Coronavirus diaries: Reasons to be cheerful, 1, 2, 3

Nature
An open notebook with a sketch of a sunrise

Credit: Adapted from Getty

So, we are still here, still grinding our way through the COVID-19 pandemic. I am writing this during the second lockdown in England: around a month ago, I wrote that lockdown had largely lifted where I am, but that didn’t last long. Lockdown is a bit different this time; crucially, schools and universities are still open to some extent, which means my working life is closer to the good old days (of February 2020).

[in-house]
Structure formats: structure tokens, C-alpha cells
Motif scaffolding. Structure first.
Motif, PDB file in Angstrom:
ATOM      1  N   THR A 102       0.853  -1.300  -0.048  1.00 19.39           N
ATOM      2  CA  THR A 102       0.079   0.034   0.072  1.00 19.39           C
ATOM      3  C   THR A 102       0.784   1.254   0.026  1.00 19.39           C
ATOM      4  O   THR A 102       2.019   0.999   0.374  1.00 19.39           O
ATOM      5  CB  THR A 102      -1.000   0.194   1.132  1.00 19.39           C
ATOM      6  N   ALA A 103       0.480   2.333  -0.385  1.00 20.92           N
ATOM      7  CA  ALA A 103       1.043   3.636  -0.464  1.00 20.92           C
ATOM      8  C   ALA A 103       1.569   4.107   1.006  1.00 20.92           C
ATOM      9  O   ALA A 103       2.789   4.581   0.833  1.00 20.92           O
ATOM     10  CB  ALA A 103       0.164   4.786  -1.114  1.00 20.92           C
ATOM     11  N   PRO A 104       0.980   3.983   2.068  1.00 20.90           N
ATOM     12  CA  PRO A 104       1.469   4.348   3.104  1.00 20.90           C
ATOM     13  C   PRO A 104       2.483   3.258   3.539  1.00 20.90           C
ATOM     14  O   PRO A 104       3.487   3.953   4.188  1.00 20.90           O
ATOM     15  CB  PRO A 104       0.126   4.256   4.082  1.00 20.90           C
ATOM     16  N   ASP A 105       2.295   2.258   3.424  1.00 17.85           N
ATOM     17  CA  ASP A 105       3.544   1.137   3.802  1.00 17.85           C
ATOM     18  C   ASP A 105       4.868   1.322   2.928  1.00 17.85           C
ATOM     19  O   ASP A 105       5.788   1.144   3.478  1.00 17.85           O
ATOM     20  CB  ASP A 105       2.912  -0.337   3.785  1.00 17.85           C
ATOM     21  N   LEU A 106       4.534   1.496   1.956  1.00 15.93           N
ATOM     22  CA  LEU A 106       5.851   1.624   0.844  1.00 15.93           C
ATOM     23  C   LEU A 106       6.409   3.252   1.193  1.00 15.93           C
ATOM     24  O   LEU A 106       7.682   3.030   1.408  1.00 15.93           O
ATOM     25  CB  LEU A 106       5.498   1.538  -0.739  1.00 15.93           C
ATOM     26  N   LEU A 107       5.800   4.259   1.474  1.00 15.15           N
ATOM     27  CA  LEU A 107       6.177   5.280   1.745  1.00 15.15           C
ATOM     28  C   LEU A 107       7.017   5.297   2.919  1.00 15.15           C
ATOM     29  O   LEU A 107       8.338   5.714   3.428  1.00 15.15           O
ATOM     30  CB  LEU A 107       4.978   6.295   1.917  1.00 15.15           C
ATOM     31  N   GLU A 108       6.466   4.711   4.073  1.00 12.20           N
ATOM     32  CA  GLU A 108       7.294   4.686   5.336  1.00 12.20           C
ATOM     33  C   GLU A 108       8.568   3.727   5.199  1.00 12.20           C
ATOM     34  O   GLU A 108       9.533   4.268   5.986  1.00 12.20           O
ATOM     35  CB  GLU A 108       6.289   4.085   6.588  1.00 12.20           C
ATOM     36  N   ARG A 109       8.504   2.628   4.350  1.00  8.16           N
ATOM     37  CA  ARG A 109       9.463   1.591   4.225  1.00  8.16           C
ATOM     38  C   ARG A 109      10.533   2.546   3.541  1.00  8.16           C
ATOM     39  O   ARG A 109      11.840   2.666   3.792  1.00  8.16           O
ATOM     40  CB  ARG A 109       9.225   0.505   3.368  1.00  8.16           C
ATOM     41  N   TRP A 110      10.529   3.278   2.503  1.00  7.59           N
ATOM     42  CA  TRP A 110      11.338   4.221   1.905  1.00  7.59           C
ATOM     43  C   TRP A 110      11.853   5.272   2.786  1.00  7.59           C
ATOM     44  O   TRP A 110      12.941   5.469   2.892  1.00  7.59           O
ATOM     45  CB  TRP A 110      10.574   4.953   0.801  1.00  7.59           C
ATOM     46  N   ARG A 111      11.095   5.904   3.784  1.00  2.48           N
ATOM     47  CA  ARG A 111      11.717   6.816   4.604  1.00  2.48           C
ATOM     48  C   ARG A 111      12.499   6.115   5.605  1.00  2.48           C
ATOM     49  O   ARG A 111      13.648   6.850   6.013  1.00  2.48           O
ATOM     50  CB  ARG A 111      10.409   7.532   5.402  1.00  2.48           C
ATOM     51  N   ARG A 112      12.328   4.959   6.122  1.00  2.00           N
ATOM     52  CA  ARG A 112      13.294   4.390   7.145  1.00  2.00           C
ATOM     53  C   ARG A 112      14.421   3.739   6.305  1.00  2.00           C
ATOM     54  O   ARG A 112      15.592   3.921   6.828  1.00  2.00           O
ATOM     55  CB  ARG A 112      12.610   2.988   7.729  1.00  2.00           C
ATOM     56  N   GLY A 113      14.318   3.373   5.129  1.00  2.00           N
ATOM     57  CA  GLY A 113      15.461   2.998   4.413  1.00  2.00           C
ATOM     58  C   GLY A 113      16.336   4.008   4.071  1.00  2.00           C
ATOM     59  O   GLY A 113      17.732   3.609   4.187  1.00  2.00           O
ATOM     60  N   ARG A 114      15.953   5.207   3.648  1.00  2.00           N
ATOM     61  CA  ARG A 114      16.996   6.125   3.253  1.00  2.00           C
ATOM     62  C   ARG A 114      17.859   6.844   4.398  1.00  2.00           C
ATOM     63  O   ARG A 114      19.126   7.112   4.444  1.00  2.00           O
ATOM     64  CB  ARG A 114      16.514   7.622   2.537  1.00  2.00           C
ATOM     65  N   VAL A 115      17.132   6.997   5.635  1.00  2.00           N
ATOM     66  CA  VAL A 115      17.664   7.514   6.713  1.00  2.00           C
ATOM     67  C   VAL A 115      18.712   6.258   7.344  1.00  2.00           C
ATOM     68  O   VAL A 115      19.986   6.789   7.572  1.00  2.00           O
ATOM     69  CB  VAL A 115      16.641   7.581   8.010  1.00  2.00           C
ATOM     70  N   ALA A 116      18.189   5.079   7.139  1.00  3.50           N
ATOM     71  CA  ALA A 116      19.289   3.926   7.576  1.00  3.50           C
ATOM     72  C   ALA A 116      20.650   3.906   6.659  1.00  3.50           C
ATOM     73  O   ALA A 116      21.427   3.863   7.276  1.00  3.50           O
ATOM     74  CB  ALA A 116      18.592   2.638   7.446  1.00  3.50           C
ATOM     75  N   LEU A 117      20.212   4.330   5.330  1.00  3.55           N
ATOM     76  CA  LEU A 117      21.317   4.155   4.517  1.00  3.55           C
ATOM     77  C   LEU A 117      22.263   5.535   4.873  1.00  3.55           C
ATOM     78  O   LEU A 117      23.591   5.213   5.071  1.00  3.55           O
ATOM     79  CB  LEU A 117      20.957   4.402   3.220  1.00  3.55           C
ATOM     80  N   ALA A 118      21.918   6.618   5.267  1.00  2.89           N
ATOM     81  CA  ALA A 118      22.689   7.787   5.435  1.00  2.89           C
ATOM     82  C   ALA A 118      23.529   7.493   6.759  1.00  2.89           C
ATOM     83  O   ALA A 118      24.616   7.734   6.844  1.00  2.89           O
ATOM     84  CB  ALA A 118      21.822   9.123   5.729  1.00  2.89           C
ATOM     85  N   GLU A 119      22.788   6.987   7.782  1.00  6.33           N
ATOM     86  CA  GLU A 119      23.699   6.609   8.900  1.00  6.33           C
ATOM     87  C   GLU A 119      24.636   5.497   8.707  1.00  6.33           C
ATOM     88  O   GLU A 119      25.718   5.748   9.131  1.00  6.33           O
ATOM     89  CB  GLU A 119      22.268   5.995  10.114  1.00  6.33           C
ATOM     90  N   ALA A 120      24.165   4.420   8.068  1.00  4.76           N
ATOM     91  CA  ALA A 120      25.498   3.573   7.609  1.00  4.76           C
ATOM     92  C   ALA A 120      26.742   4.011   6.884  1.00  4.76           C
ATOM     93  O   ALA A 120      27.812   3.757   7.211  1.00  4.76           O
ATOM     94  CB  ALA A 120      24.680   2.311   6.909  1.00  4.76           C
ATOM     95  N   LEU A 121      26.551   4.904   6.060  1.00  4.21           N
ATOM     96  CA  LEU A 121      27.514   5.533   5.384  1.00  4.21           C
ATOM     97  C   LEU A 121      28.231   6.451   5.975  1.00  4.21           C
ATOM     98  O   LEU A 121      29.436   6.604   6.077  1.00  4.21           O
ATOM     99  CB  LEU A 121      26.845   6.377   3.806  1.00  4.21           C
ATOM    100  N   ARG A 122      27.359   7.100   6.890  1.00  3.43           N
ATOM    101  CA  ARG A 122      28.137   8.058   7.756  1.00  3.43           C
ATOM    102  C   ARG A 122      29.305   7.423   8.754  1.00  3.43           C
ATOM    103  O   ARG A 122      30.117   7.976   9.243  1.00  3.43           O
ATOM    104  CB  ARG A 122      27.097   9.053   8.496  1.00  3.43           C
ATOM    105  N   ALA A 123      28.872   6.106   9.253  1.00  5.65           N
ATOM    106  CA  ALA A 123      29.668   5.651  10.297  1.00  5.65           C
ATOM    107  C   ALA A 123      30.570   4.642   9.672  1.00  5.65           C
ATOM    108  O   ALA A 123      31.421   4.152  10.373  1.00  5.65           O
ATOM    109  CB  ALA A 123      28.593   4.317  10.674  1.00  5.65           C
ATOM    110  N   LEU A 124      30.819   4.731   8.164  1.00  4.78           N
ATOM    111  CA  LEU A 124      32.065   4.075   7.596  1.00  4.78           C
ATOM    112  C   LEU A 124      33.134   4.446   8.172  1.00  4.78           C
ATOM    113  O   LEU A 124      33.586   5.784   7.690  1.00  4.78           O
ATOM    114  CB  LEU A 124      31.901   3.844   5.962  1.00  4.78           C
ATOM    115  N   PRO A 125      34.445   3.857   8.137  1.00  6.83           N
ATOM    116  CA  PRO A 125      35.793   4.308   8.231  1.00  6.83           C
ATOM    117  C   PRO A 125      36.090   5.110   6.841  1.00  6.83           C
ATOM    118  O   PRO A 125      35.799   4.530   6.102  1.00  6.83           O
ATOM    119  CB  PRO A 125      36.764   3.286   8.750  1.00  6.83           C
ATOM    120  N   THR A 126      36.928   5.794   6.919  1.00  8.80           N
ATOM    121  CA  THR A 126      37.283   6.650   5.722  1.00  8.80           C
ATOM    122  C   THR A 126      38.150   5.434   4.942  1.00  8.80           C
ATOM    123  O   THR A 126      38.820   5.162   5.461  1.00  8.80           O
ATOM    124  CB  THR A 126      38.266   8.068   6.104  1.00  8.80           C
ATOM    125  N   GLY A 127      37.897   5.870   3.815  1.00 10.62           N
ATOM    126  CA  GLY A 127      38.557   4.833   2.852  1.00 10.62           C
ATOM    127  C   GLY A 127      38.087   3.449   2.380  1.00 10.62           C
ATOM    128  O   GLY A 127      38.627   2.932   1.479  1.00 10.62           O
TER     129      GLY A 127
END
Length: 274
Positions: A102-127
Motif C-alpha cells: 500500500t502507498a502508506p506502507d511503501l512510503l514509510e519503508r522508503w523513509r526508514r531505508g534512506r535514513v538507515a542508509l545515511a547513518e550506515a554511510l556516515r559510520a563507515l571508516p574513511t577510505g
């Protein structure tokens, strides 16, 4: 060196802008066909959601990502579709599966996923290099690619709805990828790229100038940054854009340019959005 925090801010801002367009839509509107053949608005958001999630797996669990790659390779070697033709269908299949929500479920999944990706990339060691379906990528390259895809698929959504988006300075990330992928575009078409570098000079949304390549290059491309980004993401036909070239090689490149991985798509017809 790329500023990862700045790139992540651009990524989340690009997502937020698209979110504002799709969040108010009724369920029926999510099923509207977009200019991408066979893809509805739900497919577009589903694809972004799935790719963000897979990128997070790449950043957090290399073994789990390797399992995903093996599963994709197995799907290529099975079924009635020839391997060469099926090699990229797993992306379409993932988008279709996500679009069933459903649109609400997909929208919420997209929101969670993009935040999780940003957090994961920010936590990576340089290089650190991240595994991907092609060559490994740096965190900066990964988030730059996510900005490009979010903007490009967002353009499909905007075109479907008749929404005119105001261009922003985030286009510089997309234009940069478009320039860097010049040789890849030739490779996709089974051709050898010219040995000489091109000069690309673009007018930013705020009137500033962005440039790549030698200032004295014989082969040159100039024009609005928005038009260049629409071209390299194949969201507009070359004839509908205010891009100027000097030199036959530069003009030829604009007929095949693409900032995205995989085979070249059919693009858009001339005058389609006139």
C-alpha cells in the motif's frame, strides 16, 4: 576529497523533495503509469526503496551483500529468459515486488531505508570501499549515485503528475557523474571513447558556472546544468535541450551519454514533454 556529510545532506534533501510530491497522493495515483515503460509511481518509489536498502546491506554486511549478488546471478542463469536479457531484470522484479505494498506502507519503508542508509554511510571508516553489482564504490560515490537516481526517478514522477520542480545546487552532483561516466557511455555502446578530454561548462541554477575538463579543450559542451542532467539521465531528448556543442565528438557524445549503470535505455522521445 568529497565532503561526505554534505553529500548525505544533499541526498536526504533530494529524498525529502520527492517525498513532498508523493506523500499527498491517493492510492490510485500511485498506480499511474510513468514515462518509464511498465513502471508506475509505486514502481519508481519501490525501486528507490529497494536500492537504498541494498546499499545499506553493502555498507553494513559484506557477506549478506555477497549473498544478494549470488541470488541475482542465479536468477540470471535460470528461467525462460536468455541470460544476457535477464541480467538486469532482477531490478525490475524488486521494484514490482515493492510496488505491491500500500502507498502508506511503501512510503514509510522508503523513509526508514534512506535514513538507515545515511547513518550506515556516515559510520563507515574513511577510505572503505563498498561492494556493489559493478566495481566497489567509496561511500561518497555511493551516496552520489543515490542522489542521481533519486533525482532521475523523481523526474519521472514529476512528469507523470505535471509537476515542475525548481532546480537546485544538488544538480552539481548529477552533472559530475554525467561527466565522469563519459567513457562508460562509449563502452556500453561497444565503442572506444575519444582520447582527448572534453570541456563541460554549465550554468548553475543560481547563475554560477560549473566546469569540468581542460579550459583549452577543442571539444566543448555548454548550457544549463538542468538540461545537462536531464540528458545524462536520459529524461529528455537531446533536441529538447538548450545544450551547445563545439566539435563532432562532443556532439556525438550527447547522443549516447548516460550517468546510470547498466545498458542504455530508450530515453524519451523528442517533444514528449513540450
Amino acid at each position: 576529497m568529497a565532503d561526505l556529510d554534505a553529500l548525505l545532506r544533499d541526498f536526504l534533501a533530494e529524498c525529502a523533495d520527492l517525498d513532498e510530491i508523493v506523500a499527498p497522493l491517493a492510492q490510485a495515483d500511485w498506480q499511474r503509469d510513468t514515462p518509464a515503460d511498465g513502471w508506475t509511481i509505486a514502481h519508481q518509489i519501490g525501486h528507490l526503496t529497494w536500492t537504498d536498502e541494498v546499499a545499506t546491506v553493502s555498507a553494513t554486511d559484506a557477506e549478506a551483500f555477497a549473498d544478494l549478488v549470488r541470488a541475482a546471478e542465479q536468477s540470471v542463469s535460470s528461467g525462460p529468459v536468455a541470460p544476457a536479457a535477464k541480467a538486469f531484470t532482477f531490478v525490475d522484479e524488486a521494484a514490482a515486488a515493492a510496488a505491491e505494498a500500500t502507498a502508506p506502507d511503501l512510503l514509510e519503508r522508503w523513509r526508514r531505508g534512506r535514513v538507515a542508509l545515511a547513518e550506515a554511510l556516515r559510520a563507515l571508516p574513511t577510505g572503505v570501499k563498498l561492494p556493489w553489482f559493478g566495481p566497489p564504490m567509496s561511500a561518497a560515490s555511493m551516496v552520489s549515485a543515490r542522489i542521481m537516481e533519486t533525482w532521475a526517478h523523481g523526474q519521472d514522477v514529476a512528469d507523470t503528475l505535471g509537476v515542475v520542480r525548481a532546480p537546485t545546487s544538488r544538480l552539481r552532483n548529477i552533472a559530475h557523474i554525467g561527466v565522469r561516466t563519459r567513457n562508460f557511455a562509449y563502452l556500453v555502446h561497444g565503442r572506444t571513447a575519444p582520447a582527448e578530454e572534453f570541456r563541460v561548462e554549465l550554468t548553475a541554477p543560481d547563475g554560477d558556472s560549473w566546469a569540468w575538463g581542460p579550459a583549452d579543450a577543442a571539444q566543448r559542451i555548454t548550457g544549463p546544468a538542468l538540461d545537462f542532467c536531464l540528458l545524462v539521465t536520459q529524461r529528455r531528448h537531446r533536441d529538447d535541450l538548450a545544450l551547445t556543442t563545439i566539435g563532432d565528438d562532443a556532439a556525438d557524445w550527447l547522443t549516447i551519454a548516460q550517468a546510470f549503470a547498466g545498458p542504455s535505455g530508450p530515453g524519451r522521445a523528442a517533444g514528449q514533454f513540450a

In April and May, it felt like the entire world was confined inside for a time; this time, the experience is a bit more local and fragmentary. Depending on where you live in the world, you might be entering, in the middle of, or leaving a lockdown. Although the timing is less universal than before, I suspect there are core themes that most scientists are still experiencing, especially the ongoing feeling of social isolation. I don’t normally have much of a social life, but there is quite a big step from not much to none at all. This has a real impact at the level of work — I am more likely to see my colleagues (as experts in virology, vaccinology and epidemiology) on the television or in the news than I am to see them in real life. I miss the corridor chats — the little things that spark new collaborations or fire research down new and unanticipated paths. It is great to be able to go into the laboratory, and I know a lot of people are not in this privileged position. But being at work also emphasizes what has changed — the empty offices and desks where my colleagues normally sit, having to book in meetings to catch up with people when a two-minute face-to-face would normally resolve matters, the lack of people to chat to when I am bored.